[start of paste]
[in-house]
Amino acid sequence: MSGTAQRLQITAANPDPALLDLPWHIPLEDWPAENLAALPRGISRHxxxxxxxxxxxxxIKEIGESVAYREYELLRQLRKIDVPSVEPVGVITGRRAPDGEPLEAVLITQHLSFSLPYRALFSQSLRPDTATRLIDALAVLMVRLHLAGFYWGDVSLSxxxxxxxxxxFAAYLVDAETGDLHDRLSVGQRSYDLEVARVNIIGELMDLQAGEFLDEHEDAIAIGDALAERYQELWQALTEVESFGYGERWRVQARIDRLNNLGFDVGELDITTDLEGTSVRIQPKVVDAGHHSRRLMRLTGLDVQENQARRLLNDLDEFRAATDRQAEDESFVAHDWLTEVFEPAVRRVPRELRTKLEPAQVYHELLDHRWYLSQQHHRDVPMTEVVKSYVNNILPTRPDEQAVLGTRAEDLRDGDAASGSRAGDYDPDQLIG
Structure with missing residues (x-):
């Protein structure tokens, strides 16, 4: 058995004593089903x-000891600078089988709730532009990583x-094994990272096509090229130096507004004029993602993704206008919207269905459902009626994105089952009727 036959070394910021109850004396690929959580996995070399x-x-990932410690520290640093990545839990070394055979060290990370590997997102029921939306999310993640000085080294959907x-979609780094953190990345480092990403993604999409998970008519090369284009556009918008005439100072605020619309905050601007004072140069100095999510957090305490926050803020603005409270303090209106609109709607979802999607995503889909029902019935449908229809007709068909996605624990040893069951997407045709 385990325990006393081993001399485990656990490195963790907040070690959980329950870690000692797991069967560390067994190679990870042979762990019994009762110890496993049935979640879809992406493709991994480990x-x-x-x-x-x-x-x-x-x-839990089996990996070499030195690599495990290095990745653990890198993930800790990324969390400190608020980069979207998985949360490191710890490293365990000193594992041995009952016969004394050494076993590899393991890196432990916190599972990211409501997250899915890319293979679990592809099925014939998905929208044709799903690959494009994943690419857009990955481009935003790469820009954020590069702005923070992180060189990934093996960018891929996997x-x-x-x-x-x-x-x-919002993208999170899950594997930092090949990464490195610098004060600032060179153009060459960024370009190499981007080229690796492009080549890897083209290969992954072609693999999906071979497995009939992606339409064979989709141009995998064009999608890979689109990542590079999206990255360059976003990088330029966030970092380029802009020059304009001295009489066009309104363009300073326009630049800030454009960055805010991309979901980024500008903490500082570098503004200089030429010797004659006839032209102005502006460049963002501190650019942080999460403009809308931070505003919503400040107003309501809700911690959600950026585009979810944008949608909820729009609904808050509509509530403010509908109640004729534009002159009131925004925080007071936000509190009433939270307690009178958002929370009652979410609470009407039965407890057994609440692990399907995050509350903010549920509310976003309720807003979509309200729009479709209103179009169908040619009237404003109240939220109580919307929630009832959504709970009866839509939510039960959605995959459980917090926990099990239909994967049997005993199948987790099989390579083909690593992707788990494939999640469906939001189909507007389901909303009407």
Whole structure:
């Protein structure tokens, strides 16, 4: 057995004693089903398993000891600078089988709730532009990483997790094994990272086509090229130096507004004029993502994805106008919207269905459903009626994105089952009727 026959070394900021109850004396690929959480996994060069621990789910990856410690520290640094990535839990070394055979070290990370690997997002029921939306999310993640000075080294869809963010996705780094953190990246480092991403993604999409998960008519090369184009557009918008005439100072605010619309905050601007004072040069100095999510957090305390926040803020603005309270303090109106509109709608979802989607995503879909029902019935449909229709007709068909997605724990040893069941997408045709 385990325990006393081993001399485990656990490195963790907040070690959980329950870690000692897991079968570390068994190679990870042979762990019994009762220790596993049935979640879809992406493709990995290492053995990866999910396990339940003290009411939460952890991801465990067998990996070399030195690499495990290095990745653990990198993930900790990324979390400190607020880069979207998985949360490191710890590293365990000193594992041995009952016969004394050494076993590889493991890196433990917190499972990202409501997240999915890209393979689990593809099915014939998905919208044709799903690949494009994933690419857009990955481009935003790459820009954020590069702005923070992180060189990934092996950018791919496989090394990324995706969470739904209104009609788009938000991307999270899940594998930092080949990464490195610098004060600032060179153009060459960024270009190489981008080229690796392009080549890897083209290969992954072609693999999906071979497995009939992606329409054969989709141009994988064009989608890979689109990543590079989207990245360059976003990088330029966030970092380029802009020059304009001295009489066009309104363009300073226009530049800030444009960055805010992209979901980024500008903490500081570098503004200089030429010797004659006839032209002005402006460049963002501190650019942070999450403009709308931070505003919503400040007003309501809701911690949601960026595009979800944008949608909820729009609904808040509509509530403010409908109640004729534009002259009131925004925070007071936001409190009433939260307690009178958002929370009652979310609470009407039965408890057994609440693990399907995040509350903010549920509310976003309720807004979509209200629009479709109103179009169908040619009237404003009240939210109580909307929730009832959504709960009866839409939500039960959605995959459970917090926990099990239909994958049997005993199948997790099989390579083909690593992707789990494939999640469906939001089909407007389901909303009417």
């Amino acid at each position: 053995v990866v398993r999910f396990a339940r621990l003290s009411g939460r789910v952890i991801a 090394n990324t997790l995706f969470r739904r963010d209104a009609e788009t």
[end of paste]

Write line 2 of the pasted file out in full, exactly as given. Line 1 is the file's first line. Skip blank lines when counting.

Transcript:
Amino acid sequence: MSGTAQRLQITAANPDPALLDLPWHIPLEDWPAENLAALPRGISRHxxxxxxxxxxxxxIKEIGESVAYREYELLRQLRKIDVPSVEPVGVITGRRAPDGEPLEAVLITQHLSFSLPYRALFSQSLRPDTATRLIDALAVLMVRLHLAGFYWGDVSLSxxxxxxxxxxFAAYLVDAETGDLHDRLSVGQRSYDLEVARVNIIGELMDLQAGEFLDEHEDAIAIGDALAERYQELWQALTEVESFGYGERWRVQARIDRLNNLGFDVGELDITTDLEGTSVRIQPKVVDAGHHSRRLMRLTGLDVQENQARRLLNDLDEFRAATDRQAEDESFVAHDWLTEVFEPAVRRVPRELRTKLEPAQVYHELLDHRWYLSQQHHRDVPMTEVVKSYVNNILPTRPDEQAVLGTRAEDLRDGDAASGSRAGDYDPDQLIG